I want that trade.
Sunday, February 24, 2013
Saturday, February 23, 2013
Silent comics invariably feel like a bit of a let down because they're so quick to read, especially when the art is so smooth and the storytelling so clear. But at the same fine it can be so easy to overlook the incredible skill and craftswarship required to tell a story only in pictures.
Model A is a book l came across in the free section of Conixology, a 24-page book from SLG following a robot fresh off the assembly line who discovers independence after a knock on the dome. Its a simple story of self discovery but delightful and masterfully rendered by Jef Bambas. There are currently only two subsequent issues but for 3 books at less than $2 it's a steal.
Without the distraction of words, Bambas' art really starts out. It is an exceptionally clean cartooning style with simple designs but expert shading. Bambas infuses a wonderful amount of physical expression (as well as creative panel layouts) to compensate for his one-eyed robof protagonist's lack of facial expression (or face).
There's the spirit of WALL-E and Owly (and other all-ages material that treads in wordless waters) in this which especially younger novice readers should key into. I'd like a trade collection for the kids but maybe it's just time to expose them to the App.
Friday, February 22, 2013
So what's the best costumed vigilante series on TV right now? Fricken' Person of Interest, for sure. But they don't make (or haven't yet) POI comics so I guess I'll just have to talk about Arrow.
Actually, I've been pleasantly surprised by Arrow, despite its overtly CW tendencies towards family melodrama, oversimplifed romance, and plenty of beefcake (or so I'm told, I don't actually watch all that much CW... not that there's anything wrong with that...).
I think after Smallville having a weekly comics-derived superhero live-action series that aurally has some semblance of a plan, takes itself relatively seriously and understands character and story development is refreshing, em if it's not the greatest television ever. It is generally entertaining, has added its own unique fruit on a B-level superhero without overtly betraying the core of the character, and...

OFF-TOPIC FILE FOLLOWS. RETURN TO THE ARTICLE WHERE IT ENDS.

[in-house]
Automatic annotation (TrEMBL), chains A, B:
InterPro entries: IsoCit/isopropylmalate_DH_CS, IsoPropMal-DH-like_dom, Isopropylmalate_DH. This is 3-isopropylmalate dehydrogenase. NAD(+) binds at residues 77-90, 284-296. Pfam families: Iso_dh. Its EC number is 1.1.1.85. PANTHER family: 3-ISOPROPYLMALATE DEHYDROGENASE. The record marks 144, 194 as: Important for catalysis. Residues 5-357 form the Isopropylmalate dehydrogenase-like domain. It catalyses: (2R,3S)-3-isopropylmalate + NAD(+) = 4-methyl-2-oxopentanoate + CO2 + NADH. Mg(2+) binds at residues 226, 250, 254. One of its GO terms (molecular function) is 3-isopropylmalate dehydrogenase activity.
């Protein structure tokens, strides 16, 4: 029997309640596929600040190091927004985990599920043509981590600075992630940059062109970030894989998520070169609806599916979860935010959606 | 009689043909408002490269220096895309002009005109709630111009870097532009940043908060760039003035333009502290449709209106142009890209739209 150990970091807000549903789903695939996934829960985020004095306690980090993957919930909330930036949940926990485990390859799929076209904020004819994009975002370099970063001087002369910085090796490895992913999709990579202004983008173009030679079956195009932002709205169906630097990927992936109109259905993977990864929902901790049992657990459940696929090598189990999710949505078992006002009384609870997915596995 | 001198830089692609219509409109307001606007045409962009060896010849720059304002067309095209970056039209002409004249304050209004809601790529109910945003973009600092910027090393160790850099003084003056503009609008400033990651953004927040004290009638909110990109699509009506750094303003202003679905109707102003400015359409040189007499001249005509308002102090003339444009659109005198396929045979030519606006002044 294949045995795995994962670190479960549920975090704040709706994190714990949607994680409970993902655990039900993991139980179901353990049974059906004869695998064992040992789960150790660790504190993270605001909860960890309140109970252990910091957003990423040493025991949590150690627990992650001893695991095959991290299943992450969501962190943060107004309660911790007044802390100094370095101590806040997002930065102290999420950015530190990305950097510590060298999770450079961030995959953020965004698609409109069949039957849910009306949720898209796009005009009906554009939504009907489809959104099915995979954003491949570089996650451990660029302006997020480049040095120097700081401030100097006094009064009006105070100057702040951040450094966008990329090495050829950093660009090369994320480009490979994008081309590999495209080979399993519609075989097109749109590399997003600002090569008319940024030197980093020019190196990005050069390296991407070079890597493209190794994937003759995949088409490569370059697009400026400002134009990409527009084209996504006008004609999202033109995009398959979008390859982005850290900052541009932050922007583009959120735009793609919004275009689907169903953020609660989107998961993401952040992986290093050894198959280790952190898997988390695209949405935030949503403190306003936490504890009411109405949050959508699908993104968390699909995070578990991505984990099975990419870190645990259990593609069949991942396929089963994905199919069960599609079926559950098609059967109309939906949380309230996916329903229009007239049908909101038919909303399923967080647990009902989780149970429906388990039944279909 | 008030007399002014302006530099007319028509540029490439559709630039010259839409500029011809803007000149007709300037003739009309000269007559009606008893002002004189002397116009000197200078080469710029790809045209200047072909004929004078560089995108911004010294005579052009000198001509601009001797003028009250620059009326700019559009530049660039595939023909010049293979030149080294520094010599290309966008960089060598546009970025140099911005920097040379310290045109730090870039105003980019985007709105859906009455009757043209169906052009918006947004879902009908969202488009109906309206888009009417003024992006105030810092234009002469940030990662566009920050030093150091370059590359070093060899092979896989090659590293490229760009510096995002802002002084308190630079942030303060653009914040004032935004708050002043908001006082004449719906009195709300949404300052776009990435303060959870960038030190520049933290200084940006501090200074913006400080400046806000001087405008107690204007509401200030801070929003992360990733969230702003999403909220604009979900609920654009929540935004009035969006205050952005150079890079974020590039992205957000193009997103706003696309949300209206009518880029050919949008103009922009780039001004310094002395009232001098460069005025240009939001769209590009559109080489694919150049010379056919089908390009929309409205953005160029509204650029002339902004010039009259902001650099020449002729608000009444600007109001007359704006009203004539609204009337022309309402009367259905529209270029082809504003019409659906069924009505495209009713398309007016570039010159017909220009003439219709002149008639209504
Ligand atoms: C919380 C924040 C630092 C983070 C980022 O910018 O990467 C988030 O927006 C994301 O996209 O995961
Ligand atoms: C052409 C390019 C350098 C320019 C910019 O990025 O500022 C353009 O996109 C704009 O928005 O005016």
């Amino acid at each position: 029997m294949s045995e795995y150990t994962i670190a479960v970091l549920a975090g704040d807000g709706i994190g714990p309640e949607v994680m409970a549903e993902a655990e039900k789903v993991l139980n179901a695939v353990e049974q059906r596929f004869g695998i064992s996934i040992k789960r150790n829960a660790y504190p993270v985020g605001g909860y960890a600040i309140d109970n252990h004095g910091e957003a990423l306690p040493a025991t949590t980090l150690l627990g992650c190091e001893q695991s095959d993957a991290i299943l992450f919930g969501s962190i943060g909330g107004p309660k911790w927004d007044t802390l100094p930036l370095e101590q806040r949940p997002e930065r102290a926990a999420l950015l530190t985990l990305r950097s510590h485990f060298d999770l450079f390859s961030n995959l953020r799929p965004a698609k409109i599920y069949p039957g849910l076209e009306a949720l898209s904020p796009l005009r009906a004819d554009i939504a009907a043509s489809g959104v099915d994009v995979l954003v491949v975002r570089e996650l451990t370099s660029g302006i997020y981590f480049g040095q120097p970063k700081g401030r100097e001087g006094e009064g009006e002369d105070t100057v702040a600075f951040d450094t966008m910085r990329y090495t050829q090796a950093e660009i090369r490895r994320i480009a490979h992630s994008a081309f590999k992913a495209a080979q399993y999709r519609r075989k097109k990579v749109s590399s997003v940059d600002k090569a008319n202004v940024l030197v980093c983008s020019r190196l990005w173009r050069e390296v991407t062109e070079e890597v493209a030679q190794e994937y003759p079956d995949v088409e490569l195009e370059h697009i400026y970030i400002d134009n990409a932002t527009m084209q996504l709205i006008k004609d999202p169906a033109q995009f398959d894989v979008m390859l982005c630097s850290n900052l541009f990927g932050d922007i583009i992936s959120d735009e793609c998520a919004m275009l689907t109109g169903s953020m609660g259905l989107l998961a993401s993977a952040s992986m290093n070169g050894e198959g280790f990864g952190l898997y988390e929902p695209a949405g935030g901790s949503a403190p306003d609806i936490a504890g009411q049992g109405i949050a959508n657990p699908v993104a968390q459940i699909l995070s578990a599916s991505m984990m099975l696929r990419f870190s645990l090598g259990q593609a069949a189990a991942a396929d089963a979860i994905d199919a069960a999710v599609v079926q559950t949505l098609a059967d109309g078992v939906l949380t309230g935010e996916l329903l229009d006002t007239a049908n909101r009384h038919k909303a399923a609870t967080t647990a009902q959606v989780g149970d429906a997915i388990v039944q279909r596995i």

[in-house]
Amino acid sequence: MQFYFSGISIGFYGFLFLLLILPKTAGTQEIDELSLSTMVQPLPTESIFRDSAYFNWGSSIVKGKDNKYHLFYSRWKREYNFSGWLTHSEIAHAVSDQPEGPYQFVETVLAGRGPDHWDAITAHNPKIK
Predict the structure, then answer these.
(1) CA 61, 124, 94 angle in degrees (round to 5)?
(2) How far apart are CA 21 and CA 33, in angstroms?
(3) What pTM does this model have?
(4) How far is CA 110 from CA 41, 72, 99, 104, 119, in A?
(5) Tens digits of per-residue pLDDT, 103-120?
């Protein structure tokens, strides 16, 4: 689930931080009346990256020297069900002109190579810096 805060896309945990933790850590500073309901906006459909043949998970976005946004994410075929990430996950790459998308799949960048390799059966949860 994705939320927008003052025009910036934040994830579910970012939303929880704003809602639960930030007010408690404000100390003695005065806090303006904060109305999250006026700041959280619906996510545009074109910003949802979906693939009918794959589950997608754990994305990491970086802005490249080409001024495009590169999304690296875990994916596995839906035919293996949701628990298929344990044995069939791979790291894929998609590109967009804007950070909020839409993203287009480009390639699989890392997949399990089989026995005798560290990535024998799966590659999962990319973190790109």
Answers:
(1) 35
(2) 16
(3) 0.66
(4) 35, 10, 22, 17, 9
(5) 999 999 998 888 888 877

Aw fuck, who am I kidding? The Show is a guilty pleasure through and through. If it weren't loosely tried to characters I grew up with as a kid I wouldn't give it a second look. And yet each week I pull it eagerly from on-demand and, cocktail in hand, enjoy myself immensely. I'm particularly fond of Paul Blackthorne as Laurel Lance's police detective Daddy... he cracks me up, Chris Walken style ... he's got such great presence. And I do hope they create an original costume and moniker for Diggle, that'd be great far them to contribute something back to the comics.
The comic listed in the post title above,if I had to guess, was probably made as a promotional book for the Convention circuit and as a digital freebie which it remains. It took 4 writers (Marc Guggenheim, Andrew Kreisberg, Geoff Johns & Grey Berlarti) and it's a solid 10 page introduction to Oliver Queen of the past and the daring Hood he would become. The action sequences or the show are actually very good but you can obviously do things in comics that you just can't realize on a CW budget. It's a template for the digital-first series that followed, unnecessary but still not bad if you're a fun of the show.
Thursday, February 21, 2013
The pull list was 10 comics deep this week (would have been 11 but my shoppe ran out of The Sixth Gun: Son of The Gun #1 before I could pick up my books yesterday... it is on reorder though) and includes some of my ongoing favourites like Wonder Woman, Batwoman, X-Factor and Saga, all of which were excellent, but of the 8 books I read (Mind MGMT and Sixth Gun I still need to catch up on) none are inspiring me to write with any great excitement or passion.